The cost savings of outsourcing low-level work overseas to countries like India, China, and the Philippines can look pretty attractive. But it's folly.
The lack of language skills among the outsourced employees can lead to misunderstandings, lost credibility, customer service complaints and missed opportunity.
I learned this first-hand. I tried outsourcing some of my personal work to a virtual assistant firm in India. I wasn't so much concerned with saving money as I was in freeing up the time I spent responding to email and performing other tasks that did not necessarily merit my personal involvement.
Just like all of those companies that outsourced their call centers, I saw the error of my ways after seeing the difficulty my virtual assistant had with basic email communication. One of his emails to me, with the subject line of "Results can be even worthier than you pay!" sounded like spam and I almost deleted it by accident! His email continued "I am really exicted about our newly build relationship." Egad!
It's not that delegating and outsourcing are bad or wrong -- on the contrary, as I wrote in a recent MarketingProfs article, farming out tasks that you don't absolutely have to do yourself is the key to greater productivity and reduced stress. The more work you can assign to others, the more time you have to concentrate on issues that genuinely need your attention. But be careful whom you outsource to. Do you really want someone who can barely speak English to answer your phone or handle your email? (Though it's not meant to be funny, this podcast interview with a Chinese virtual assistant company CEO amusingly illustrates this point.) In fact, do you really want that person to do anything of importance for your business? I sure don't -- so much so that I recently fired my India-based virtual assistant.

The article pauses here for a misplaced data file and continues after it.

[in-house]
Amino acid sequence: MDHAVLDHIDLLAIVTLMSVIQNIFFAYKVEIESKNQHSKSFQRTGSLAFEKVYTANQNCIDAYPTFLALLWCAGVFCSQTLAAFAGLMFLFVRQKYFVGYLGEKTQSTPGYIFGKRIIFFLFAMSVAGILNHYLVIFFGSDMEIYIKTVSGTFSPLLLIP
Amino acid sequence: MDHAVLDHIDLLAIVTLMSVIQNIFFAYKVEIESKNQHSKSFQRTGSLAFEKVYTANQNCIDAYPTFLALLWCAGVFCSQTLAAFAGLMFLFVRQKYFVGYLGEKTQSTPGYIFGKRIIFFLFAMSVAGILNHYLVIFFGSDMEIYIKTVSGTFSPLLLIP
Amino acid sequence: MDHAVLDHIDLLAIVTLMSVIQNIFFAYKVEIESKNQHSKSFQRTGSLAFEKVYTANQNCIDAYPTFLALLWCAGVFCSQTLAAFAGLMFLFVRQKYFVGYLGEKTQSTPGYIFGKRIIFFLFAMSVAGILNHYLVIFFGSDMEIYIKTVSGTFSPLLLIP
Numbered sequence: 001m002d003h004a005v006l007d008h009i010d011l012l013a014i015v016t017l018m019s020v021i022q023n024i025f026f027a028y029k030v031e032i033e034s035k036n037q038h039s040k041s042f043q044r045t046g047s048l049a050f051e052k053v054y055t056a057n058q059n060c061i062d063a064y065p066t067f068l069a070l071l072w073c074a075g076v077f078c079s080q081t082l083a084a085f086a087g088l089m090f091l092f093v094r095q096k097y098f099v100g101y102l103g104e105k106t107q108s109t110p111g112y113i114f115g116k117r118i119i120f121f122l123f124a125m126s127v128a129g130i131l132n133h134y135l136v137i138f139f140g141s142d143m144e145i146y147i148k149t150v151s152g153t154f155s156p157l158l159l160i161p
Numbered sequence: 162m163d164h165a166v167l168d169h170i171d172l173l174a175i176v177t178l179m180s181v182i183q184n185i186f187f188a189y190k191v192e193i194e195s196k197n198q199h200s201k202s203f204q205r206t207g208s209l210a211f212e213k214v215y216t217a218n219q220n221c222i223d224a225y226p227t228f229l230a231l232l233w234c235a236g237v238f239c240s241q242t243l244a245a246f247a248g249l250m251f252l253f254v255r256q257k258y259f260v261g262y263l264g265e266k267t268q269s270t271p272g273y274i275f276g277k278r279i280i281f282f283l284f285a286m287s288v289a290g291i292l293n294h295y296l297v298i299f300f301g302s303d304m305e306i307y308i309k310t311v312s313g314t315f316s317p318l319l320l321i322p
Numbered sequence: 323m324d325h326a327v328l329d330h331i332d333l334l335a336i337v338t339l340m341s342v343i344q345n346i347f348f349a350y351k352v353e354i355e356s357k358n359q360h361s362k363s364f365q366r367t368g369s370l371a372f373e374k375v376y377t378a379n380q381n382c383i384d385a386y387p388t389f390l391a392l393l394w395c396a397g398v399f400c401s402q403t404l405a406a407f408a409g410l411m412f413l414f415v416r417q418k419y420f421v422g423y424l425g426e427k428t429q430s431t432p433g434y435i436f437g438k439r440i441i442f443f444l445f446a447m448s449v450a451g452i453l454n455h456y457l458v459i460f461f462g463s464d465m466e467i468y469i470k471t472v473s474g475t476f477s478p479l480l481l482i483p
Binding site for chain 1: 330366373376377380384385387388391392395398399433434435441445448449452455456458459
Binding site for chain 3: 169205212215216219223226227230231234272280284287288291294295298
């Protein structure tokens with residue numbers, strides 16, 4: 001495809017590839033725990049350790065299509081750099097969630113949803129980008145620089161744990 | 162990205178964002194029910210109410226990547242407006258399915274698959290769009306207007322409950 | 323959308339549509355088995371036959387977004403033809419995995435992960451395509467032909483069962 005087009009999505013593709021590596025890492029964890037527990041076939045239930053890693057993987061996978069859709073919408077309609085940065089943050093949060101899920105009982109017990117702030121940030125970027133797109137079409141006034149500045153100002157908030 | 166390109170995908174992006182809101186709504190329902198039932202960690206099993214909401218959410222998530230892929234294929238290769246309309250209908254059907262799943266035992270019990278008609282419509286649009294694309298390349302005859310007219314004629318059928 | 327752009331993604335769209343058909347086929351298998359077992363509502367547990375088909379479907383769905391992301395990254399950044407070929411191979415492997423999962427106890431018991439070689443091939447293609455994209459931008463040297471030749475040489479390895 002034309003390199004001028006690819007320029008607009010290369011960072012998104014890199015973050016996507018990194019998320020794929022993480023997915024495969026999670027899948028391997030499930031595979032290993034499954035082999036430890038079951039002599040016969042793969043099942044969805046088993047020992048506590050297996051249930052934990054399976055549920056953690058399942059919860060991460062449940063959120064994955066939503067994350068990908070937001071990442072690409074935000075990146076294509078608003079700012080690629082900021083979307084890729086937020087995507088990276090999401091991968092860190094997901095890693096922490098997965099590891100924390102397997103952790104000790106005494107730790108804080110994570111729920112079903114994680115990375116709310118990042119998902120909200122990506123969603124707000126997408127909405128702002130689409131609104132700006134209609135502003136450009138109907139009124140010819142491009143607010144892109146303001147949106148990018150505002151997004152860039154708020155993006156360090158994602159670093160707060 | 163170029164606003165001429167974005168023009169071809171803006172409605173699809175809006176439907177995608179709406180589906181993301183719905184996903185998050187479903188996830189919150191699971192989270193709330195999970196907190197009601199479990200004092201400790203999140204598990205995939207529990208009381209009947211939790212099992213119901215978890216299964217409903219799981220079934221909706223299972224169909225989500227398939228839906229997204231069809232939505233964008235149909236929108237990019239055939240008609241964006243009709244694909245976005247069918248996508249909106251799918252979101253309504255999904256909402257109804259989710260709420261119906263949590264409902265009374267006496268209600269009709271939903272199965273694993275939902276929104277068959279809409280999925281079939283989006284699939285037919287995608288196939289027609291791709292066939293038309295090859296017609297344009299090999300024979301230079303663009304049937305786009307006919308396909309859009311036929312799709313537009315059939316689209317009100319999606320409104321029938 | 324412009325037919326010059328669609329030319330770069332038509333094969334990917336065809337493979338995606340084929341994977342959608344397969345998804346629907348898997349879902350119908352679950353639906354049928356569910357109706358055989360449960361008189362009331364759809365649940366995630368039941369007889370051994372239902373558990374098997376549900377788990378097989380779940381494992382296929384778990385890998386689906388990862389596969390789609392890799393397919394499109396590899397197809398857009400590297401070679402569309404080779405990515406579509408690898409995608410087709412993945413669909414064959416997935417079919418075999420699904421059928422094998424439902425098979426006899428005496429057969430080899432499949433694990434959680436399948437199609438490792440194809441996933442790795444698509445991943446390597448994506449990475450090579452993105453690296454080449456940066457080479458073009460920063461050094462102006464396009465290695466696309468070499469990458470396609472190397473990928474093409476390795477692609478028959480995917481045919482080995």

The issue is not the country that you outsource to; it's the quality of the people doing the work, or at the very least, the quality of their language skills. Outsourcing to a country where the native language has to go back four branches to find a common ancestor with English is, I have found, rarely a good idea. I shudder to think of the aforementioned guy acting on my behalf, replying to my business-critical emails in Borat-speak. I realize now I could have avoided this whole debacle by taking some common-sense precautions, namely the ones recommended by Tim Ferriss and outlined in my above-mentioned MarketingProfs article. These are:
- Make enough inquiries to receive 20-30 proposals.
- Look to hire multiple virtual assistants; never hire a single individual -- you don't want your project to fail because someone got sick, took a vacation, or quit on you.
- Immediately delete any boilerplate form responses when evaluating initial responses.
- Test your VAs by assigning easy 20-30 minute tasks to the top 3-5 candidates. This will eliminate around 50% of them.
- Next, test them further by taking a longer project (20-30 hours), and assigning it to all three. Ask them to stop after three hours and send you what they've completed, and you will know who performs best.
To reiterate, I'm in no way against VAs -- the concept is wonderful! But I needed to be a little more picky about which company and which individual VAs I chose. So with the above points in mind, I was able to find a much higher quality company based in Canada. The VA I chose there costs a lot more money, but I'm getting a lot more value out of her work. Now if my credit card company would only follow the same advice, I won't need a translator to talk to them...
Take the first step (it's free).
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